Subject: Re: long options in stuff other than pax
To: None <>
From: Greg A. Woods <>
List: current-users
Date: 01/26/1999 15:05:56
[ On Mon, January 25, 1999 at 14:01:05 (-0500), Todd Vierling wrote: ]
> Subject: long options in stuff other than pax
> Well, I wasn't answering that particular question - and I prefer to remain
> agnostic.  (I was answering that `tar, since it has been GNU tar for ages,
> whould not break people's own tar setups frivolously.')

The problem with supporting "GNU long" options in pax's "tar" interface
is that people will think they're still using GNU Tar, and there may be
enough subtle differences (or indeed even unsupported options) in pax
that will cause them even more grief than just fixing their scripts or
whatever in the first place would (i.e. it's worse because the problems
are more subtle and may not be noticed until it's too late -- we're
talking about some fairly critical things here).

I don't have any concrete evidence yet for such differences, but I do
know that GNU Tar is a rather strange beast on the inside and that it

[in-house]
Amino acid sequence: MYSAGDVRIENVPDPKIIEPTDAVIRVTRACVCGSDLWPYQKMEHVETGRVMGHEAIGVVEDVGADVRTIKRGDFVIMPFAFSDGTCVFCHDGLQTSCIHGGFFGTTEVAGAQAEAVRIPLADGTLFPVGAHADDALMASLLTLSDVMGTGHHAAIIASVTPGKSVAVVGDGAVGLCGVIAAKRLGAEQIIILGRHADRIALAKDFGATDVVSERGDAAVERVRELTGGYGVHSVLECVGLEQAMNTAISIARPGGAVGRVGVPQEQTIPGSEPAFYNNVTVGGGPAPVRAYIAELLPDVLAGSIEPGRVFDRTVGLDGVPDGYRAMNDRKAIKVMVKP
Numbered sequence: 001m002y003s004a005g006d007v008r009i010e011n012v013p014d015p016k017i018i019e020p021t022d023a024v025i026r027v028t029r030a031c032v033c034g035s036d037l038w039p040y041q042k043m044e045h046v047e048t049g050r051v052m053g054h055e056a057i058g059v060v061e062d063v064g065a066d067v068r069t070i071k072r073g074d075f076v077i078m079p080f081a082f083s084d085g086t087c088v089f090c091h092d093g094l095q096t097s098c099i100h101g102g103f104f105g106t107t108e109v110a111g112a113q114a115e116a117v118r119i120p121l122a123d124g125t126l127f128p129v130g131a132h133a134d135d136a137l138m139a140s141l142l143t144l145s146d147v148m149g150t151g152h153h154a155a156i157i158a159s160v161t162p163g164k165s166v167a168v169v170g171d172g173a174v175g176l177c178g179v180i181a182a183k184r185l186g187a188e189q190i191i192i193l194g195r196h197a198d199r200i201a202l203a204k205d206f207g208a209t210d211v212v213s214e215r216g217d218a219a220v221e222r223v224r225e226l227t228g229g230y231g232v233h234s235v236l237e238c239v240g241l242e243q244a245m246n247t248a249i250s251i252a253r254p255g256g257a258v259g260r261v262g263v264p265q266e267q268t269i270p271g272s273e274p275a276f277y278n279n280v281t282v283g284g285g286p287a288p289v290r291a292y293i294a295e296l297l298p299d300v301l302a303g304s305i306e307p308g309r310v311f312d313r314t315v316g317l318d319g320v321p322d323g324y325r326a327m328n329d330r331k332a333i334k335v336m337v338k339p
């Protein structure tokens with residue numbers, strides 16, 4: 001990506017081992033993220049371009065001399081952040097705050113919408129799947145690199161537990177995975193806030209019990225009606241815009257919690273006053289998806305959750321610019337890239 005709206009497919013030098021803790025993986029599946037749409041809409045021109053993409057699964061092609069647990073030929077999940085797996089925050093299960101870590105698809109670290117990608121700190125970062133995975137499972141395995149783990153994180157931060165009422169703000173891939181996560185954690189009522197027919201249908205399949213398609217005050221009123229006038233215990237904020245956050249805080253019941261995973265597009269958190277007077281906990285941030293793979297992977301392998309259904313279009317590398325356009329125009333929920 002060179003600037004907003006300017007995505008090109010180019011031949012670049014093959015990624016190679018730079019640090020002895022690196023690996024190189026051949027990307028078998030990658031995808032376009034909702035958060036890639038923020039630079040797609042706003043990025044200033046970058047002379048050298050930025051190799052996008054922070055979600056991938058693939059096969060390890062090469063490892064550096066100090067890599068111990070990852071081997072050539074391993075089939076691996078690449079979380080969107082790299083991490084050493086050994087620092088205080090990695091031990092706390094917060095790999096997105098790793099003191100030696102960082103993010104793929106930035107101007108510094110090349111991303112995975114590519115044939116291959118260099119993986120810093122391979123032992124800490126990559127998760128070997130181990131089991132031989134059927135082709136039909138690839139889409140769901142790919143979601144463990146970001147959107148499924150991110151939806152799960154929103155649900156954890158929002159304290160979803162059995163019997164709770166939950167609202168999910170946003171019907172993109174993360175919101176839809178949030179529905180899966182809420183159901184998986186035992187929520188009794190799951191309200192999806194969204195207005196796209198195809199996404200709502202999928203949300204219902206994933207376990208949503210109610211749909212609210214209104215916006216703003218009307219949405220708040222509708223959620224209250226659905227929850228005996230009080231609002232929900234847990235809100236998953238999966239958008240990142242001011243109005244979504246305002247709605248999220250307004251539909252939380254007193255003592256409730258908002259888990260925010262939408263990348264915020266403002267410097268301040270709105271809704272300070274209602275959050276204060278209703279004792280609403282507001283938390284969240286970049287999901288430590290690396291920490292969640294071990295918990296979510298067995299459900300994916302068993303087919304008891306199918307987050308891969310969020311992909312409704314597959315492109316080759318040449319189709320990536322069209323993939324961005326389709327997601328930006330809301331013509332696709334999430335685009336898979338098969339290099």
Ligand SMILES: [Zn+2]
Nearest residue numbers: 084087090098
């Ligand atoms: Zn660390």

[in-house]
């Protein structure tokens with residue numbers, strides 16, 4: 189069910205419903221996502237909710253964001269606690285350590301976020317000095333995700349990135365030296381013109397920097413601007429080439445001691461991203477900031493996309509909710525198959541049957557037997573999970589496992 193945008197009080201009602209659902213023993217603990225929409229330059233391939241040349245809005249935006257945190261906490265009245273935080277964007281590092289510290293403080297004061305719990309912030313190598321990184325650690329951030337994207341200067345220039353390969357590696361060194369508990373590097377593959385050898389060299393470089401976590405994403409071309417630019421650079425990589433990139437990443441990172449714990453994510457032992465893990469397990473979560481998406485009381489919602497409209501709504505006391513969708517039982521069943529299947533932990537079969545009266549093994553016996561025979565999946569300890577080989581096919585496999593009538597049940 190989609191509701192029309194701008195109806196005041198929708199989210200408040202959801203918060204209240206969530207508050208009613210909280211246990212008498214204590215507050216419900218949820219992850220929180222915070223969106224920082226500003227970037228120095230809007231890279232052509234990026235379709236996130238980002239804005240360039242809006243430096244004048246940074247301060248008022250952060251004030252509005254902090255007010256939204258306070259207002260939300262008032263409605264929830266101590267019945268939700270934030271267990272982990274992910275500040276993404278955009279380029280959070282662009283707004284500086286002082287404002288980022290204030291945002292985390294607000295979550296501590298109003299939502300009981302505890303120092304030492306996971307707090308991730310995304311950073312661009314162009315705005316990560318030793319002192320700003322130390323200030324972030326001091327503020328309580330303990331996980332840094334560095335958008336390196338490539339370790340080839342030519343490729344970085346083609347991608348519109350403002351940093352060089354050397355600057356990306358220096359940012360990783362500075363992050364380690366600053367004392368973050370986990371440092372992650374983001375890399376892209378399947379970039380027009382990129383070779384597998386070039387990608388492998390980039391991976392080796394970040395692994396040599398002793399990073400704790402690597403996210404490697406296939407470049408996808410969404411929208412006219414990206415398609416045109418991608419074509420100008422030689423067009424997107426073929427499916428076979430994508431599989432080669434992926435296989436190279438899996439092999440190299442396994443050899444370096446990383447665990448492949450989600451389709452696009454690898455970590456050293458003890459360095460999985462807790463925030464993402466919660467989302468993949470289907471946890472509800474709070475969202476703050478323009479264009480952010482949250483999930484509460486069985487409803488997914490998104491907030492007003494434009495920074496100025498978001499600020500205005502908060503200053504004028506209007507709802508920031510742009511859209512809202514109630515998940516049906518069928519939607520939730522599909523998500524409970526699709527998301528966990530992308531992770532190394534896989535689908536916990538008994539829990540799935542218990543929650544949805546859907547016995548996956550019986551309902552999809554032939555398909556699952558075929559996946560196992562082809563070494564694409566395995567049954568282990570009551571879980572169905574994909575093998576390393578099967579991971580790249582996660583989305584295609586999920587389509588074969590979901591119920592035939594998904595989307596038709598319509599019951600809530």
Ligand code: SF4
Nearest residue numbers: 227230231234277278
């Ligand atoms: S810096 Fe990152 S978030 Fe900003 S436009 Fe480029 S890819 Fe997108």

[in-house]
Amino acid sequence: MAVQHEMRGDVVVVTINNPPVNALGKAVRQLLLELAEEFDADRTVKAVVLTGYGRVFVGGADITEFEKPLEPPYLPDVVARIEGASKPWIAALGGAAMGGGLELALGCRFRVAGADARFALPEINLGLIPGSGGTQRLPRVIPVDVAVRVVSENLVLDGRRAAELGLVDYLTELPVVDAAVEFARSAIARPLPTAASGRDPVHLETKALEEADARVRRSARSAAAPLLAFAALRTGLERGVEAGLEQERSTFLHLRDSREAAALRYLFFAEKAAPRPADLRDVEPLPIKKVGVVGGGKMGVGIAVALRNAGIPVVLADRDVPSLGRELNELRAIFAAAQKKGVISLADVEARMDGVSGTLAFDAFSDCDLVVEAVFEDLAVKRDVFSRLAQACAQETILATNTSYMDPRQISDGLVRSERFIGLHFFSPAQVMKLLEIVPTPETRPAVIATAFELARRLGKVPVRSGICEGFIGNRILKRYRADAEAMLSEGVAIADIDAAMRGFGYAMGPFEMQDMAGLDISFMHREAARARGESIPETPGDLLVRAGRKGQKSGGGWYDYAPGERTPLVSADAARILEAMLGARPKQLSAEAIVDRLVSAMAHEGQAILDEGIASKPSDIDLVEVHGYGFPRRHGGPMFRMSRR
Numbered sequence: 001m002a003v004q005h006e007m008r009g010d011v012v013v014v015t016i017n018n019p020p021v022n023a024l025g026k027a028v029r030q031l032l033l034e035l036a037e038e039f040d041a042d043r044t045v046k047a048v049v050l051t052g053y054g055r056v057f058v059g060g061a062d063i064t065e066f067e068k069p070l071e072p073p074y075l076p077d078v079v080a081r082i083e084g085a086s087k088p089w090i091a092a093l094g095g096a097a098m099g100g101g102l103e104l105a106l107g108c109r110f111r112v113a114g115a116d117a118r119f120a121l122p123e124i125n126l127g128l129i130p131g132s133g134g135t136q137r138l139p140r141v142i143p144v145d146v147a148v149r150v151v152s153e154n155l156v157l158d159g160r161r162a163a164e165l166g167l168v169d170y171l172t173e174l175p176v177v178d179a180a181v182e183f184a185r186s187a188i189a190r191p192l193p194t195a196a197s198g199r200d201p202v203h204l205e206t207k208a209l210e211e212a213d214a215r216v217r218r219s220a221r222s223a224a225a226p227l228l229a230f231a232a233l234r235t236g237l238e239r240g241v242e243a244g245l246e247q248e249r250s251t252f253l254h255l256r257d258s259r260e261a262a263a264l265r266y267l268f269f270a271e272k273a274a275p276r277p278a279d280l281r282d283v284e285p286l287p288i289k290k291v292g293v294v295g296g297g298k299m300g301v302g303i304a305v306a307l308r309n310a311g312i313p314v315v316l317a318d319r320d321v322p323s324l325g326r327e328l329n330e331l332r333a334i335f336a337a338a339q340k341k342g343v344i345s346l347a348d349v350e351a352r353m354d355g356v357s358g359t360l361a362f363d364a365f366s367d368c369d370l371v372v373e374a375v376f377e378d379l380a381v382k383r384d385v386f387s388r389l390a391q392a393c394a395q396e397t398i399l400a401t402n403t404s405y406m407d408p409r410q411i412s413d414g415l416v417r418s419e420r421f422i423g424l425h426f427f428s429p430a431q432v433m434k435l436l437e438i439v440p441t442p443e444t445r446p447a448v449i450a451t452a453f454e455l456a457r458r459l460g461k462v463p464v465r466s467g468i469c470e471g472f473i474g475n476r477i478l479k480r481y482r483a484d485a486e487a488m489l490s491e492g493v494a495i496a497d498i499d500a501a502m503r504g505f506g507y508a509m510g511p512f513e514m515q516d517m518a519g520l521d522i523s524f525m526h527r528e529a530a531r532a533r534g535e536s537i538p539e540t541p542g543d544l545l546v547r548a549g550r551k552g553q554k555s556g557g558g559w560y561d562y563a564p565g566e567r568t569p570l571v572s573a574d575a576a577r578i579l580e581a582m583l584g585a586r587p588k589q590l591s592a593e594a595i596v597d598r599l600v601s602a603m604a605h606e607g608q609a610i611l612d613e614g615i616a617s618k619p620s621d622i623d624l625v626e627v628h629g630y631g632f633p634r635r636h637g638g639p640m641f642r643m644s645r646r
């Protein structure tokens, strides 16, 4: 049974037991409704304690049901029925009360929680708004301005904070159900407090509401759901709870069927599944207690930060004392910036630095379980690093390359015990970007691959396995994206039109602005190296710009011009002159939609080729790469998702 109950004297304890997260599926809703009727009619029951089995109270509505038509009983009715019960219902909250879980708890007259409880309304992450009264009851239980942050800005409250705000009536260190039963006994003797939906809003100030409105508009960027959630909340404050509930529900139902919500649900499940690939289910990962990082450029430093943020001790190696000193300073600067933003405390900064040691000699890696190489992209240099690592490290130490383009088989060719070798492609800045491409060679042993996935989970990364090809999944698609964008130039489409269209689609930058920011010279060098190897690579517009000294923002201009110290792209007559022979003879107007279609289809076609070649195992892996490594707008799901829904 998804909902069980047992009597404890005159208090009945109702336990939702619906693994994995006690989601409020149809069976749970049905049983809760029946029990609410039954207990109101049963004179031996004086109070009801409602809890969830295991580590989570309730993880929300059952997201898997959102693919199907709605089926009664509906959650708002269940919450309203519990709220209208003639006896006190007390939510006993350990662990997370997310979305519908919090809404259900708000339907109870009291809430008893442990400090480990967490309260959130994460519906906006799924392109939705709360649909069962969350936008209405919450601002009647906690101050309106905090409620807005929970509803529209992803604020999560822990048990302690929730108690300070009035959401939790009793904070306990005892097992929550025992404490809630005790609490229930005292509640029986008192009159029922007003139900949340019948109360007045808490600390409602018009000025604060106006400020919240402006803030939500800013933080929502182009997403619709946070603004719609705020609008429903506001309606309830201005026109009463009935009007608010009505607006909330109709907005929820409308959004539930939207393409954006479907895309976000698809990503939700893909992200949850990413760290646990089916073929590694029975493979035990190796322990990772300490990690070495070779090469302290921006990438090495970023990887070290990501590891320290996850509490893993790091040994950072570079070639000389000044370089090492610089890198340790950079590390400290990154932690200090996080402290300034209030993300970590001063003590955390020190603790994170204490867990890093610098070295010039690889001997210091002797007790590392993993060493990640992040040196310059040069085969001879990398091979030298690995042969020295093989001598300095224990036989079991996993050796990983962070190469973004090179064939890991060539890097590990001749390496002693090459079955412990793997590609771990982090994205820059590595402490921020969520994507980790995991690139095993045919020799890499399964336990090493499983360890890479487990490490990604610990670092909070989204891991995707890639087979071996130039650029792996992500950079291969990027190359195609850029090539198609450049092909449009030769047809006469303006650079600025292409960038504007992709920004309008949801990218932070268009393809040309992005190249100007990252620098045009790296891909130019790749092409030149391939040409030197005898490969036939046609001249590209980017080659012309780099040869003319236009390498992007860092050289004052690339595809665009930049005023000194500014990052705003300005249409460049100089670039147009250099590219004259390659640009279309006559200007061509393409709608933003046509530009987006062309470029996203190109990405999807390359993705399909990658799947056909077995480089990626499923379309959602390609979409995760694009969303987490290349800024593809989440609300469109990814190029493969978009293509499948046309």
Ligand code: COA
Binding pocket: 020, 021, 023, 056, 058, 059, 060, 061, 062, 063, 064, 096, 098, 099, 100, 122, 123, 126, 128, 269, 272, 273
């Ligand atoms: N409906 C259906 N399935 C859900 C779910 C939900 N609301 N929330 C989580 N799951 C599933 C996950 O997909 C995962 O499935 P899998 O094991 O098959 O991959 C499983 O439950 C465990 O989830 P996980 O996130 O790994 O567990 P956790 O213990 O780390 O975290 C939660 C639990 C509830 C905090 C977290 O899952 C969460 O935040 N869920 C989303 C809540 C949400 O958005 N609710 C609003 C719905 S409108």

does have a number of unique implementation bugs that would not (could
not and should not) be duplicated by pax.  It is also true that GNU Tar
evolves, and evolving the pax equivalent of it's command-line interface
could end up being a never-ending maintenance headache (it's one thing
to maintain a local copy of some third-party code, and quite another to
mimic it).

I.e. there are a whole bunch of reasons why a full and proper transition
from GNU Tar to pax/tar would be a far better solution than hiding
behind a foreign command-line interface.

There's also the issue of GNU Cpio vs. pax/cpio, which is almost exactly
the same and tied intricately together with the pax/tar switch, with the
exception that I don't think any of the NetBSD installation tools (or
any other NetBSD tools, for that matter) use GNU Cpio, and certainly
don't use GNU long options with cpio.

							Greg A. Woods

+1 416 218-0098      VE3TCP      <>      <robohack!woods>
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